WILLIAMSBURG — A moving company serving Greater Williamsburg is under new management, and its owners hope you’ll notice the difference.
Stephen Milne is the co-owner of Two Men and a Truck in Newport News. He and his business colleagues purchased the franchise in January from the previous owner, who moved back to Michigan to spend more time with her grandchildren.
Two Men and a Truck operates 350 franchises specializing in moving around the country, and Milne is hoping he and his team can lead the Two Men and a Truck franchise in Newport News through an ambitious growth spurt in 2018.
The way to do that, according to Milne, is to focus on providing the best customer service they possibly can.
“We’re just getting started, and we’re not focused on just making money, we’re focused on helping people,” Milne said.
‘Drinking from the firehose’
When Milne and his colleagues purchased their moving business in Newport News last month, it joined franchises in Norfolk, Richmond, Charlottesville and Chesterfield in the ownership group’s Virginia portfolio.
While Milne may be a seasoned professional with nearly six years in the moving industry, he said he was out of his element when he first got his start. He had a background in sales, selling software and real estate from the investment side.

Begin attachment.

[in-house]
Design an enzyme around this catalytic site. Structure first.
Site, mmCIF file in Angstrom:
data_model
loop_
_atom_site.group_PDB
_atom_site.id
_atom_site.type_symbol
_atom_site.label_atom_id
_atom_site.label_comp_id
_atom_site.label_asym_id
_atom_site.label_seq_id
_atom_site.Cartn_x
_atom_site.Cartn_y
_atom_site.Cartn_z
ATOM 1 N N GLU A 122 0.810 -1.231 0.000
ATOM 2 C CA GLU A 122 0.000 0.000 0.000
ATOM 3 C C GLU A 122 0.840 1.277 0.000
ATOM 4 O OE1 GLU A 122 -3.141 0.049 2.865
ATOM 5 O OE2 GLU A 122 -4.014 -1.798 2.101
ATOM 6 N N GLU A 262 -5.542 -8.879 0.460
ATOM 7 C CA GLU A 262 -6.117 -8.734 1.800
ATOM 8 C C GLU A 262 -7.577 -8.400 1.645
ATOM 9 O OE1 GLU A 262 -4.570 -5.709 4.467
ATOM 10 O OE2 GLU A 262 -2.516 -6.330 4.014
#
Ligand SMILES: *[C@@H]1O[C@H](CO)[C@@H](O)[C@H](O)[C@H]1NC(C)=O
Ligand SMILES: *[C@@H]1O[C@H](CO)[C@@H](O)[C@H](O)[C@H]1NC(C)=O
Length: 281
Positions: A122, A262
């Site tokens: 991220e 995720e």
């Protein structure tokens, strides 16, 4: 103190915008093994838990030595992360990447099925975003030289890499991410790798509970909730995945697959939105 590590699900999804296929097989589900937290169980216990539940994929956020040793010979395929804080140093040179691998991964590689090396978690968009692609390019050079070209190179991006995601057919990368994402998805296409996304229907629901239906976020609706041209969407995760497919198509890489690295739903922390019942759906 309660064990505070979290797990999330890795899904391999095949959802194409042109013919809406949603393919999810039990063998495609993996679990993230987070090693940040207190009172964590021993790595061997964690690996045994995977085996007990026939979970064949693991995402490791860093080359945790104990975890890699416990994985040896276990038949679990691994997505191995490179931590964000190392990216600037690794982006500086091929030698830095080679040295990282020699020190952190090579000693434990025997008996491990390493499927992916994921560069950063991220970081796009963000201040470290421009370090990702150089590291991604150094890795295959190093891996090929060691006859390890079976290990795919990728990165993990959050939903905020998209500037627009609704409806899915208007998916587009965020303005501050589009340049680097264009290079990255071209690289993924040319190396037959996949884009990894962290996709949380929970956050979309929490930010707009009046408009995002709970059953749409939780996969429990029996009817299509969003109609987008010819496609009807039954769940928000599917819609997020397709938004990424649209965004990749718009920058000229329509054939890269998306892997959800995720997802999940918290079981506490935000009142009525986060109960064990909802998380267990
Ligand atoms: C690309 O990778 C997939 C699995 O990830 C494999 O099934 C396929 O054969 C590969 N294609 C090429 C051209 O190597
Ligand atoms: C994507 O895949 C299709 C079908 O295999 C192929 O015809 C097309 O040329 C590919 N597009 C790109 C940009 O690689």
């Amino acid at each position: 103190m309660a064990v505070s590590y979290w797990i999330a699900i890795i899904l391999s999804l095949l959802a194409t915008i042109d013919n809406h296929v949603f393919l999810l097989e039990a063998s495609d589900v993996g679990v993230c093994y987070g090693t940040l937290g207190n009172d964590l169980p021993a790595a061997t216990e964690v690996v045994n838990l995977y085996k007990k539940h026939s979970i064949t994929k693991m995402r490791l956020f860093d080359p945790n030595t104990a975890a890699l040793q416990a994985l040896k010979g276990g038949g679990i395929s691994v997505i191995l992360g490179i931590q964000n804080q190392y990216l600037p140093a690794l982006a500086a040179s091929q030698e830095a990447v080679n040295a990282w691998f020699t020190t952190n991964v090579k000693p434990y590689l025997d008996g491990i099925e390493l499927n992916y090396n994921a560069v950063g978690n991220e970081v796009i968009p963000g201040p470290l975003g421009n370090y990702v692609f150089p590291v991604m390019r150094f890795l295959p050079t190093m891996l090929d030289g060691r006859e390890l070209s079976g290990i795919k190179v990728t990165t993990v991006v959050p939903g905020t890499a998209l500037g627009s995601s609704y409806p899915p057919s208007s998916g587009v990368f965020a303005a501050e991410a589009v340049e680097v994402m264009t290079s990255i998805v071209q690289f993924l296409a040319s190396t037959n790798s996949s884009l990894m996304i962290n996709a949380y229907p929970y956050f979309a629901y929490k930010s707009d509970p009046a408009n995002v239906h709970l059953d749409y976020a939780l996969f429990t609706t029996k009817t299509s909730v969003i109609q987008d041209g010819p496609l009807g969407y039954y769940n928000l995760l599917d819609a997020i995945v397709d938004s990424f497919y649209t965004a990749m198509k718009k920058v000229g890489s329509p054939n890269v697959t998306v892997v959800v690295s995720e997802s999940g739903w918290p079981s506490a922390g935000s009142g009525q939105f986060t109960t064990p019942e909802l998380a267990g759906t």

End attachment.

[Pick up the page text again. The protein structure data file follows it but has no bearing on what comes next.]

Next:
“I was drinking from the firehose from day one. There was so much info to learn and things to figure out.” — Stephen Milne
His introduction to the company came in June 2012 through his friend Nathan Bocock, who co-owned a franchise in Tallahassee, Florida. Milne came on board and managed the Tallahassee business for a year, where he was also introduced to the steep learning curve of the moving industry.
“I was drinking from the firehose from day one,” Milne said. “There was so much info to learn and things to figure out.”
There were regulations to follow, certifications to attain, records to keep, and, of course, possessions to move and customers to please. Milne said he was on the phone with Bocock and co-owners Bryan and Rebecca Feldman “all day every day,” as he learned the ropes.
Bocock taught Milne about finances, including loans and salesmanship.